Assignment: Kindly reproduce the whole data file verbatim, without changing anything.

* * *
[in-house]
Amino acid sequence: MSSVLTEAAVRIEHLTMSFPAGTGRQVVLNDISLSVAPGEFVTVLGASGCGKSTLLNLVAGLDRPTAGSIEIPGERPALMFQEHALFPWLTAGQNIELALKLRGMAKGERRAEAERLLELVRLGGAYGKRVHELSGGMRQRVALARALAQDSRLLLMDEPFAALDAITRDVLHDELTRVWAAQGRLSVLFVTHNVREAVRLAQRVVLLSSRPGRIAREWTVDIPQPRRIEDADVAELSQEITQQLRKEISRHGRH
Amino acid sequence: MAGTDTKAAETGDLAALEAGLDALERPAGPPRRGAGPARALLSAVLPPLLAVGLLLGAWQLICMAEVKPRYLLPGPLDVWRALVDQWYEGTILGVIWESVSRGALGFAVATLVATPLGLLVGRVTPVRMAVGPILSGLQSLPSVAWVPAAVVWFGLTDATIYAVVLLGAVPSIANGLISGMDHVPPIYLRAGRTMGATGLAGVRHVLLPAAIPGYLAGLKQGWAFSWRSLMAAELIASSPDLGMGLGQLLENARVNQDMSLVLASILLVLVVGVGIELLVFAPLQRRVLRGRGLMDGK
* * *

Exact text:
[in-house]
Amino acid sequence: MSSVLTEAAVRIEHLTMSFPAGTGRQVVLNDISLSVAPGEFVTVLGASGCGKSTLLNLVAGLDRPTAGSIEIPGERPALMFQEHALFPWLTAGQNIELALKLRGMAKGERRAEAERLLELVRLGGAYGKRVHELSGGMRQRVALARALAQDSRLLLMDEPFAALDAITRDVLHDELTRVWAAQGRLSVLFVTHNVREAVRLAQRVVLLSSRPGRIAREWTVDIPQPRRIEDADVAELSQEITQQLRKEISRHGRH
Amino acid sequence: MAGTDTKAAETGDLAALEAGLDALERPAGPPRRGAGPARALLSAVLPPLLAVGLLLGAWQLICMAEVKPRYLLPGPLDVWRALVDQWYEGTILGVIWESVSRGALGFAVATLVATPLGLLVGRVTPVRMAVGPILSGLQSLPSVAWVPAAVVWFGLTDATIYAVVLLGAVPSIANGLISGMDHVPPIYLRAGRTMGATGLAGVRHVLLPAAIPGYLAGLKQGWAFSWRSLMAAELIASSPDLGMGLGQLLENARVNQDMSLVLASILLVLVVGVGIELLVFAPLQRRVLRGRGLMDGK